Stocks and Chinese yuan cave in on Trump’s China tariff threat
US President Donald Trump’s renewed attack on Beijing over the coronavirus crisis has sunk the Chinese national currency, the yuan, to a one month-low, while global markets also dipped lower.
The yuan fell by 0.7 percent in morning trading on Friday, before crawling back up to 7.0632, but was still down versus the dollar.
Bourses in Hong Kong and Shanghai, as well as some other markets is Asia, were closed for a holiday on Friday. The Japanese market was one of the few that was open, with its benchmark Nikkei index finishing the trading day nearly three percent lower. Meanwhile, Australian shares faced their worst losses in weeks, falling nearly five percent.Also on rt.com ‘I can do a lot’: Trump blames China for Covid-19 & seeking to ‘undermine’ his re-election
While most European markets are closed for Labor Day, shares trading on the London Stock Exchange opened lower on Friday, with Britain’s FTSE 100 extending Thursday’s losses and dropping around two percent.
The market decline came on the heels of Trump’s threat to unleash new tariffs against China. On Thursday, the US president, who has long been accusing Beijing of concealing information on the coronavirus outbreak, said his administration plans retaliatory measures over the pandemic. The US remains the worst-affected country in terms of the number of confirmed infections. Trump also played down the importance of the trade deal with China.Also on rt.com US unemployment may be as high as 40 MILLION - national poll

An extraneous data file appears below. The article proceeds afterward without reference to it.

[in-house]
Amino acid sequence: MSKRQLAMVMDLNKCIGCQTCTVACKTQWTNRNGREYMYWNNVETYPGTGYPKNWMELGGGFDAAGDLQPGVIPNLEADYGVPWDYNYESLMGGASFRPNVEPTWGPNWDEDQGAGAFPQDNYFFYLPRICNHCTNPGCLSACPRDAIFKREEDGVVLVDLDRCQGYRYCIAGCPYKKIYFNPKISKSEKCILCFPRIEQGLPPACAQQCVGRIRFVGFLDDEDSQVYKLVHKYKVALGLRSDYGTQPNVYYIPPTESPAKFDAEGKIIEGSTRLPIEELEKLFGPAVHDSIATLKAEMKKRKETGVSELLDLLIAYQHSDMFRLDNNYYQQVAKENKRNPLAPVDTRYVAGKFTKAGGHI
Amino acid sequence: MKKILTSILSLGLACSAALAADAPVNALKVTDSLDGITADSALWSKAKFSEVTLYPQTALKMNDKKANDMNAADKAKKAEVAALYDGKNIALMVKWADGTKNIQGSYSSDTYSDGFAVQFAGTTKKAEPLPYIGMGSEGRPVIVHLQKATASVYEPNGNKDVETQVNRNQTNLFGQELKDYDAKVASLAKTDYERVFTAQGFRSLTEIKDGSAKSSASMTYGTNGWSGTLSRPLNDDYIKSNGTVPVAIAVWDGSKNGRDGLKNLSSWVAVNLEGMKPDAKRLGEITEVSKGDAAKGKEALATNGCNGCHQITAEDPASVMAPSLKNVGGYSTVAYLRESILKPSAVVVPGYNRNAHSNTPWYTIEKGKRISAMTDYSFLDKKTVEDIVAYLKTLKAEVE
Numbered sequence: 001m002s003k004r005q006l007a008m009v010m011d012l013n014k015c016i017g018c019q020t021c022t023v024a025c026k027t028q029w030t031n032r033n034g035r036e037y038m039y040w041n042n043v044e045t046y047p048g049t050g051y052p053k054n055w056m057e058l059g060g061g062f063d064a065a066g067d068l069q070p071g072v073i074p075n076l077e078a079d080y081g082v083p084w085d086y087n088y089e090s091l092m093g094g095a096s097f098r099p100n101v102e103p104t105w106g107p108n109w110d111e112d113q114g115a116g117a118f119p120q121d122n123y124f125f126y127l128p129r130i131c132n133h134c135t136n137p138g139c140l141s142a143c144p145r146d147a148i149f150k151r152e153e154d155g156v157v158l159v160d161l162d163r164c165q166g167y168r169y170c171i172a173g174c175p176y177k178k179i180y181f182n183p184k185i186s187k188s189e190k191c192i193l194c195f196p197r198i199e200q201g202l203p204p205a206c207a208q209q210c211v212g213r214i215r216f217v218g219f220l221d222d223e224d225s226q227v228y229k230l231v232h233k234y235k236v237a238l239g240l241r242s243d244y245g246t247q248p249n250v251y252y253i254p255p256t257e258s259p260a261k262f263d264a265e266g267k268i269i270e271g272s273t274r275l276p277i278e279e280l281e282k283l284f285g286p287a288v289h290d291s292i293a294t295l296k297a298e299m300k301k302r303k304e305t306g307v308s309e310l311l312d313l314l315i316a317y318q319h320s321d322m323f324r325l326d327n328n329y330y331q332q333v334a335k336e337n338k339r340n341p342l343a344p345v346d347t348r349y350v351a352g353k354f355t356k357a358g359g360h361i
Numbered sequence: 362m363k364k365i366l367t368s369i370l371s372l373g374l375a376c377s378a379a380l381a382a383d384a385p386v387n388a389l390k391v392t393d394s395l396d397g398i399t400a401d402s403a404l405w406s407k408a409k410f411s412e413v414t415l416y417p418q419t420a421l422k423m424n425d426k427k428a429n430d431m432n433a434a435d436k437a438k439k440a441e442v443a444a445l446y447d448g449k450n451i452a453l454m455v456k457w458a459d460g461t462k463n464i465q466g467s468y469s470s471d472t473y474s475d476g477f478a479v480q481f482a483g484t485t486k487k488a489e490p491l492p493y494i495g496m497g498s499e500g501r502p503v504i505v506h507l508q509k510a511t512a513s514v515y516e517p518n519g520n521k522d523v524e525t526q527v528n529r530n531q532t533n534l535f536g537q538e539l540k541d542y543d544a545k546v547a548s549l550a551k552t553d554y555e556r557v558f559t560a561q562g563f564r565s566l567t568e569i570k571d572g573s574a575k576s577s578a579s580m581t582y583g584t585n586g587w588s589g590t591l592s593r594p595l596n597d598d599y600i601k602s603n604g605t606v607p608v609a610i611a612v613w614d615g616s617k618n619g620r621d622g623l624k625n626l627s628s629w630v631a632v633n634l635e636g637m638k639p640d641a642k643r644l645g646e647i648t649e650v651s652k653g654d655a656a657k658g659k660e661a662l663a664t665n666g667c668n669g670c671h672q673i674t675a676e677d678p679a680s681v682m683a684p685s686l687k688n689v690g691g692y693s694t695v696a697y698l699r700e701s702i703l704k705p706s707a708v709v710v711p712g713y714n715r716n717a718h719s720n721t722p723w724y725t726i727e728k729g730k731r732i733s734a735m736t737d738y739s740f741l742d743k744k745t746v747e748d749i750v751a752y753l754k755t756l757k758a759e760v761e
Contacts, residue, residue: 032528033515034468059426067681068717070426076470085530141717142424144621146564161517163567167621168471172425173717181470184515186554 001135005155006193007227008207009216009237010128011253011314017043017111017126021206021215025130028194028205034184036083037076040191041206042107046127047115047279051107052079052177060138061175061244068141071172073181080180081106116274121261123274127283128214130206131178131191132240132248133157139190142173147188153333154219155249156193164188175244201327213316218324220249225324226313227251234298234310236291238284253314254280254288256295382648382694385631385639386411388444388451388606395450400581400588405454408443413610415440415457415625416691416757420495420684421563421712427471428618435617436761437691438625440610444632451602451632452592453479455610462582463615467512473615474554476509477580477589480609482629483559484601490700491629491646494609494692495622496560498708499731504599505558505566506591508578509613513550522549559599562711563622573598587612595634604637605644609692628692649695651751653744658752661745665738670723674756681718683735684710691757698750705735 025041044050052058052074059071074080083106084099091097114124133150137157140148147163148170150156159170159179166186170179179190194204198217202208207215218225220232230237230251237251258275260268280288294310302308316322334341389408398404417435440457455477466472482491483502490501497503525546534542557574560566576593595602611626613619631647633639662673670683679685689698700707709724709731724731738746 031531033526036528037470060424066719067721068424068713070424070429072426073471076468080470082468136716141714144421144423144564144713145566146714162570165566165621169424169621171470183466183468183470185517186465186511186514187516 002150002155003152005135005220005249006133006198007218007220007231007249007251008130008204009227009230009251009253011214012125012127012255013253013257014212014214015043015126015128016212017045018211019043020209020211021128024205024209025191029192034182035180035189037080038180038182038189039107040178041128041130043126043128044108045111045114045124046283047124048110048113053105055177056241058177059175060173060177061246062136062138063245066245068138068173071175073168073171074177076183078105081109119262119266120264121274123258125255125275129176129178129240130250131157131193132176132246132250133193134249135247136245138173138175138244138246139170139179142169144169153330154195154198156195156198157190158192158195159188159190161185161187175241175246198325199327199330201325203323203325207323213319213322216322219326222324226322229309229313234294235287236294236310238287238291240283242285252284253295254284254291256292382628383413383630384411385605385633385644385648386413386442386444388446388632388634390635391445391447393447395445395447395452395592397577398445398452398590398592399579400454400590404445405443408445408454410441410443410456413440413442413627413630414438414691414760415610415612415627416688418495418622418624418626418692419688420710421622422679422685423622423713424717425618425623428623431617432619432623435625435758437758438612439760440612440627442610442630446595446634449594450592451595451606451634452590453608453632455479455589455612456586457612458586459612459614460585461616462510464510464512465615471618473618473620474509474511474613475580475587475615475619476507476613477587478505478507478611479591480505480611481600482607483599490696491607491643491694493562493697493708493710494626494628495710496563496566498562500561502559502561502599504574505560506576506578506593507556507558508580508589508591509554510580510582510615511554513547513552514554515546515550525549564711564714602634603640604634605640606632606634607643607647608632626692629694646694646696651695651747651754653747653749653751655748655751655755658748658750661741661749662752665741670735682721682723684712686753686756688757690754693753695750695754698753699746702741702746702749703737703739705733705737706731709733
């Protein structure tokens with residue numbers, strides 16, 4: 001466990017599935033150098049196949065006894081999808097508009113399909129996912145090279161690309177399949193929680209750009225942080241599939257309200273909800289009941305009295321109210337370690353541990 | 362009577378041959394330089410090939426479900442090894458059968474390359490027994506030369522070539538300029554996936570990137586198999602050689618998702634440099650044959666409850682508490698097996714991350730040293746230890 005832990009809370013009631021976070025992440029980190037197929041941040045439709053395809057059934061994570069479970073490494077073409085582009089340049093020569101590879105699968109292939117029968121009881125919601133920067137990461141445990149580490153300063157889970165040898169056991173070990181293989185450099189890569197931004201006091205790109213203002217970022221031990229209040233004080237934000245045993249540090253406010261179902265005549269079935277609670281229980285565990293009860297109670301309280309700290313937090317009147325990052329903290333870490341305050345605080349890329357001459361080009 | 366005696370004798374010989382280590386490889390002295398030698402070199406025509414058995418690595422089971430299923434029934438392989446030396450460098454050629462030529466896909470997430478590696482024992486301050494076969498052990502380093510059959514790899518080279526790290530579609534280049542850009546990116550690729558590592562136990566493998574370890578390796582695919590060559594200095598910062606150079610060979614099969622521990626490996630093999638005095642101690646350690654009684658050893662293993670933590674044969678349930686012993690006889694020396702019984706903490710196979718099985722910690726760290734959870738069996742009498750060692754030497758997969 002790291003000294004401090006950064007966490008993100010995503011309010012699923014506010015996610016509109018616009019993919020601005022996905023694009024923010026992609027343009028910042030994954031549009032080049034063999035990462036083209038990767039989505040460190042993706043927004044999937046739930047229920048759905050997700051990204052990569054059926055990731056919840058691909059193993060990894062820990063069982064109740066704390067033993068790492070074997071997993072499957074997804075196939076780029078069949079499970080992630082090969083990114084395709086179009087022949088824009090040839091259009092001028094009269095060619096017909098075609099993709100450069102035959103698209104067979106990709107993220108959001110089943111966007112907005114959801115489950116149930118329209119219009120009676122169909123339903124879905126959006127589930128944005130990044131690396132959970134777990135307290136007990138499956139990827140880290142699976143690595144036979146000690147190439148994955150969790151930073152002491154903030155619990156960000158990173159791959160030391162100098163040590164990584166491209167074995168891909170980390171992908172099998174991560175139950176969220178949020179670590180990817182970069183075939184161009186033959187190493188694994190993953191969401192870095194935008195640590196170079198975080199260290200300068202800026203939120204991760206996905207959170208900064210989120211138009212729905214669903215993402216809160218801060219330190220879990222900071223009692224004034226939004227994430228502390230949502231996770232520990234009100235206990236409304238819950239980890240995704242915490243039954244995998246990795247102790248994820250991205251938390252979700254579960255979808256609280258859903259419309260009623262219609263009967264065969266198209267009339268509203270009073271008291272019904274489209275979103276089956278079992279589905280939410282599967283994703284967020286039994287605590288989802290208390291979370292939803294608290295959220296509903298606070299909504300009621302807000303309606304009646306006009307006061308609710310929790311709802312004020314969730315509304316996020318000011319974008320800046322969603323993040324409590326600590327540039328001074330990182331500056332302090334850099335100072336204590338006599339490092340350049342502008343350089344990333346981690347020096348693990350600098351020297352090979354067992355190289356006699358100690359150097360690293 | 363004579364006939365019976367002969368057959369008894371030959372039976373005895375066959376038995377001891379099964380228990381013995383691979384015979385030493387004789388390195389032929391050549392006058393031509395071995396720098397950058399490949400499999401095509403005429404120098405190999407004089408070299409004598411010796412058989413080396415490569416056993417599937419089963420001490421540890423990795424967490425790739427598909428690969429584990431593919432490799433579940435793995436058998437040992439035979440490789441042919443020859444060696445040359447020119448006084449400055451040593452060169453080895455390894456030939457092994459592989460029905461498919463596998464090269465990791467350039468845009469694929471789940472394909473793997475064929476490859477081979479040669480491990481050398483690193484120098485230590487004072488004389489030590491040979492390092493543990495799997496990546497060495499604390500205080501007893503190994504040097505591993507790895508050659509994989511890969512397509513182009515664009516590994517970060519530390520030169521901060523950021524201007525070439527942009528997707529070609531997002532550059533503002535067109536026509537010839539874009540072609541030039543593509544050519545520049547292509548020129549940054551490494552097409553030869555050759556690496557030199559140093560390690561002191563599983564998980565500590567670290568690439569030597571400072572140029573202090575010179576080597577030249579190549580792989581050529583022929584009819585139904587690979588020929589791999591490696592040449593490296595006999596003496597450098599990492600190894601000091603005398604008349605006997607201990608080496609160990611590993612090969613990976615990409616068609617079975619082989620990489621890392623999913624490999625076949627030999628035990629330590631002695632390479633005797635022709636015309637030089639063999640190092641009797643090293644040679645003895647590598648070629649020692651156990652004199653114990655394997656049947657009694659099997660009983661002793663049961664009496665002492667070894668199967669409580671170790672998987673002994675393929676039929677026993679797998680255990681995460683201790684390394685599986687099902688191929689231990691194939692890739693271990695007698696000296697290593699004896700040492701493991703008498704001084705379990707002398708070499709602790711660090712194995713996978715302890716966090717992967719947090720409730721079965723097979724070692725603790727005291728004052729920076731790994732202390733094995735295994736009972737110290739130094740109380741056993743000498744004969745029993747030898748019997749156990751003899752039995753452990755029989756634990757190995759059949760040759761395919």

As tensions between the two biggest economies escalate Wall Street is also expected to fall when it opens later in the day. All the three major US indices were pointing lower in pre-market trading, signaling that they could extend the earlier losses that came on the heels of grim US jobless data. The Dow Jones Industrial Average shed 288 points on Thursday as the total number of first-time filings for unemployment insurance surpassed 30 million over the past six weeks.
For more stories on economy & finance visit RT's business section